Top Five Players Who Would’ve Cashed in on new NIL Ruiling


The day finally came, a new era of college sports has begun. NCAA athletes are now allowed to profit off their name, image, and likeness. The Supreme Court ruled that college players could receive money on their name rights. Who are the top five players that would’ve cashed out with the new NIL rule?
Honorable Mention: Tim Tebow, Desmond Howard, Brian Bozworth, Lamar Jackson, Hershel Walker, Charles Woodson

5. Bo Jackson


Bo Knows! And Bo Jackson would’ve known how to break the bank. He was a two-sport athlete. Jackson’s elite achievements in multiple sports have given him the reputation as one of the greatest athletes of all time. Jackson finished his career at Auburn with 4,575 all-purpose yards and 45 total touchdowns. Jackson’s football number 34 was officially retired at Auburn. Receiving endorsements in football and baseball would set him apart from the rest of the pack.

4.Trevor Lawernce


Lawernce had the long hair, the smile, and the California good looks. The former Clemson quarterback came into college football, and he delivered. Lawerance was a Heisman candidate every year and a part of every big game in the ACC. He was a National Championship contender for three years and won a championship. Clemson versus Alabama rivalry took hold of college football as few out-of-conference games had before. Lawernce was at the forefront of the sport for three years. That bright smile would’ve been in every commercial leading up to the College Football Playoffs.

3. Johnny Manziel

Manziel was outstanding at Texas A&M; his over-the-top personality matched his wild but great play. During his two-year stretch as a starter in 2012-13, he was the biggest star in college football as “Johnny Football.” Bursting onto the scene as a redshirt freshman, Manziel wowed in his first season; he passed 3,706 yards and 26 touchdowns en route to a Heisman Trophy and beating Alabama. There was nothing conventual about the QB. Manziel became a phenomenon and would go on to trademark the nickname “Johnny Football.” His play was perfect for social media highlights. His personal Johnny Football merchandise would’ve flown off shelves as he embarked on a road to the Heisman.

2. Deion Sanders

28 Nov 1987:  Cornerback Deion Sanders of the Florida State Seminoles stands on the field during a game against the Florida Gators at Florida Field in Gainesville, Florida.  Florida State won the game 28-14. Mandatory Credit: Allen Dean Steele  /Allsport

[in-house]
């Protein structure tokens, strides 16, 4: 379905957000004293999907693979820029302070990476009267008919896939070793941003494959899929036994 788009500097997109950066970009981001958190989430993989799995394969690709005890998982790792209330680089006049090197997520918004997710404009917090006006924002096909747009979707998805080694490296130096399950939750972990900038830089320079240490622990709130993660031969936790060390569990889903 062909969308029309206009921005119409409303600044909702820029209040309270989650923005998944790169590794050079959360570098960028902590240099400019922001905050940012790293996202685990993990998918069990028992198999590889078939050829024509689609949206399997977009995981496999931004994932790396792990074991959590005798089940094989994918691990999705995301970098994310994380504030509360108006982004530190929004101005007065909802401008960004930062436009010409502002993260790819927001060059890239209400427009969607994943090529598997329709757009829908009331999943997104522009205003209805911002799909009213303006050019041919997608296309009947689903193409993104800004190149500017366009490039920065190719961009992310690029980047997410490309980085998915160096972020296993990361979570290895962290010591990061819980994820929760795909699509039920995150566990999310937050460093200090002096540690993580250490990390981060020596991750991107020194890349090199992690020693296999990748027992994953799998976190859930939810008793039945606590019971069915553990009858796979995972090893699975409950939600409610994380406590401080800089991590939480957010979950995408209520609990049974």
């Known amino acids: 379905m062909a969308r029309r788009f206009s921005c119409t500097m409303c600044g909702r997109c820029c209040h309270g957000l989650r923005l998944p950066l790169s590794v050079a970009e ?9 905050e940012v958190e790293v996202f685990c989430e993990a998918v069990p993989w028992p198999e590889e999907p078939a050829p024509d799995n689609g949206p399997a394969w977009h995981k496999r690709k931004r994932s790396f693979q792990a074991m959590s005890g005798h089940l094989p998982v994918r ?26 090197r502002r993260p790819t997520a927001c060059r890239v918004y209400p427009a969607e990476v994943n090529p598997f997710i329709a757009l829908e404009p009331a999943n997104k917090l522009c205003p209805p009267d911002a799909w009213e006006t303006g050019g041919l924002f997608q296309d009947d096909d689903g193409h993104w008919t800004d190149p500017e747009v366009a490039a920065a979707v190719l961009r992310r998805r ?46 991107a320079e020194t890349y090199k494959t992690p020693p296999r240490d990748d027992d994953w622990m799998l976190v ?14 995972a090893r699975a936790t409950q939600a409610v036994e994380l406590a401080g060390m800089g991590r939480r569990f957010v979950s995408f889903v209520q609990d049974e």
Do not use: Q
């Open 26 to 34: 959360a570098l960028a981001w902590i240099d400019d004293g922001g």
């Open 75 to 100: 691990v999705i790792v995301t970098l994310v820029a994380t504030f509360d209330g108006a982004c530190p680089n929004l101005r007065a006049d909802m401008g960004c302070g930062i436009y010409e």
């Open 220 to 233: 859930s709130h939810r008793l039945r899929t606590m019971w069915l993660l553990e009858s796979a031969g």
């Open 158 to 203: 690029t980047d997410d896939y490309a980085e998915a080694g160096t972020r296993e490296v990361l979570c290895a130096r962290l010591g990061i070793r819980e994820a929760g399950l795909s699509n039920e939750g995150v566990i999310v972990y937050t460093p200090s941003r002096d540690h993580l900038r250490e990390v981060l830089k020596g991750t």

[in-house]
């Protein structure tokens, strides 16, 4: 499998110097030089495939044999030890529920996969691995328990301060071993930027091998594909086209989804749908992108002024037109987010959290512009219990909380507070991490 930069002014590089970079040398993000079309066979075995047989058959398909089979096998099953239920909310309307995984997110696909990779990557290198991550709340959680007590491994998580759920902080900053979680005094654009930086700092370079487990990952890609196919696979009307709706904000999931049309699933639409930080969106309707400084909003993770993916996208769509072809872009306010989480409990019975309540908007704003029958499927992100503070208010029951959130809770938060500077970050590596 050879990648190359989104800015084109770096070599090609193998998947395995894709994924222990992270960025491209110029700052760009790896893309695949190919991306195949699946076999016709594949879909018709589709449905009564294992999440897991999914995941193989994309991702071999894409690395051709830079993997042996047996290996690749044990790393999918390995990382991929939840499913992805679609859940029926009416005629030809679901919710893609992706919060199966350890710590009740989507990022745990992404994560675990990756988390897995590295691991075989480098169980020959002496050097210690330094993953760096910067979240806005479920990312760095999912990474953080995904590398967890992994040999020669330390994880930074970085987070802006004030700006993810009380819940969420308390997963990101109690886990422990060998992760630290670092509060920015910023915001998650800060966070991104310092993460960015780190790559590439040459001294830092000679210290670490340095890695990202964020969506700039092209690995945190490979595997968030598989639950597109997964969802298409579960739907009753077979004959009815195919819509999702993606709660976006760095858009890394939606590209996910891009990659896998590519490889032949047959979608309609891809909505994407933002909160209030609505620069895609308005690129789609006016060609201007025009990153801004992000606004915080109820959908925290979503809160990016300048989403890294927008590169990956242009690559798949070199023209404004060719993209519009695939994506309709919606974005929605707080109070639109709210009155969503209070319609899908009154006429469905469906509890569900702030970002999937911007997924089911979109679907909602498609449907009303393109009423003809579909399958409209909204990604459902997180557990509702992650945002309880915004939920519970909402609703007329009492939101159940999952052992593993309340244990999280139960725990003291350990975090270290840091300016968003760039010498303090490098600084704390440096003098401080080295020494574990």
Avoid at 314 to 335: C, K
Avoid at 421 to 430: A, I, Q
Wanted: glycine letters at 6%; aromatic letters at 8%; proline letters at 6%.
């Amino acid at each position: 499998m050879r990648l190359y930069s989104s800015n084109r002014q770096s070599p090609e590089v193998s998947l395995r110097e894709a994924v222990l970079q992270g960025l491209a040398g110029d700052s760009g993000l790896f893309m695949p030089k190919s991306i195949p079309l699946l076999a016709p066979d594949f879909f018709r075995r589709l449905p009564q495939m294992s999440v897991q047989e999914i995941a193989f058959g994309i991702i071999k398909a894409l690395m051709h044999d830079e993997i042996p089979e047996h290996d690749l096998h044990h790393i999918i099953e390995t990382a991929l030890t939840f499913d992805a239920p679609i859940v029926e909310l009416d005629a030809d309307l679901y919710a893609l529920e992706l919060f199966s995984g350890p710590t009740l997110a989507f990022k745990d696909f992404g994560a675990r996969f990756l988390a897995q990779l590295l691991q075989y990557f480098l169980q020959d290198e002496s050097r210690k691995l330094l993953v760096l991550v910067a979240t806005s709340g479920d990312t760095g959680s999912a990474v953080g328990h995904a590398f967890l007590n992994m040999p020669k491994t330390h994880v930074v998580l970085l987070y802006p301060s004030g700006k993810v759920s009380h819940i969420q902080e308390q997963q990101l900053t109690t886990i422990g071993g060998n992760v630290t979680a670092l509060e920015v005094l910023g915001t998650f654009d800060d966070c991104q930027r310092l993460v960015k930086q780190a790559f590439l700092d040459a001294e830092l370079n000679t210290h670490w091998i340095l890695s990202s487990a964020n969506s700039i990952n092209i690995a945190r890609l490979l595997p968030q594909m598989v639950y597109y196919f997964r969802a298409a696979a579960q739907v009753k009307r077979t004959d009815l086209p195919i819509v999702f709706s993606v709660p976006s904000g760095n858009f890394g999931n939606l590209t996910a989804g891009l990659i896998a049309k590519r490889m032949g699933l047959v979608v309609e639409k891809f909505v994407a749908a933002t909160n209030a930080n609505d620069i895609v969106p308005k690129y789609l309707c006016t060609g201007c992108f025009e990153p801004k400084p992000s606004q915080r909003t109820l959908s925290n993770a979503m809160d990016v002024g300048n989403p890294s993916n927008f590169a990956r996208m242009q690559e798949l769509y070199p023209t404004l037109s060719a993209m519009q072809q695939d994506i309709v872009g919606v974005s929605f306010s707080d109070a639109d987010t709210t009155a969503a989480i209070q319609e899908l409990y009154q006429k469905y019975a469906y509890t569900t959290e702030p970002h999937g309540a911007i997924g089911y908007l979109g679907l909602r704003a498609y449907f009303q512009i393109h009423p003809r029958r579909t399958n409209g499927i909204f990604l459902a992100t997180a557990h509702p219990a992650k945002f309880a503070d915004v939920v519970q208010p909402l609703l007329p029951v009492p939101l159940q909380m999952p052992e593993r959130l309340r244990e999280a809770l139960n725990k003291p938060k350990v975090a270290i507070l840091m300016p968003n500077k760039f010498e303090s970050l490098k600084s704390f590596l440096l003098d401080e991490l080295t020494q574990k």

What time is it? It’s prime time! Because of his swag and charisma, he would’ve been an endorsement king. He would be on every commercial during Florida State games. The flashy play and smile of Sanders bring eyes to any product. The defensive back, wide receiver, and return specialist were always on the field. He coined the phrase “Prime Time”; already pushing himself for marketing purposes in college. With NIL in his day, he would’ve dominated the endorsement market. Name, image, and likeness were made for a player like Sanders.

1.Reggie Bush

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The Trojans became must-see TV and the hottest ticket in sports. Reggie Bush was a part of a dynasty that brought USC millions, if not billions of dollars. Bush, QB Matt Leinart, and Running back Lendale White helped bring renewed interest and swag back to the program. Bush made the SportsCenter Top 10 every week. He was magic on the field, won a national championship and a Heisman Trophy. The NCAA rescinded his trophy for violations that are now legal. He also was a part of one of the greatest games ever played against Vince Young and Texas. He capped off his career by being the cover player for the NCAA college football game. The game rivaled Madden as one of the most popular video games at the time. Bush would’ve made millions of endorsements, jersey sales, appearances, and the royalties from the NCAA football game. He ended his last season with 19 touchdowns.

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S.K. Patrick is a sports journalist from Louisville, Ky with over 5 years of sports journalism experience. Patrick graduated from the University of Louisville with his BA in mass communications and a minor in marketing. Patrick has been part of Louisville's local sports community for several years. He’s a former high school football player and little league football coach. Patrick has covered press conferences and games for U of L’s Sports Information Office. He now covers the ACC, along with Western Kentucky University and the University of Cincinnati. He has reported on Rick Pitino, Bobby Petrino, Jimbo Fisher, Roy Williams, Mike Krzyzewski, and many others. Professionally he has covered the NFLPA Collegiate Bowl and the NFL Scouting Combine.

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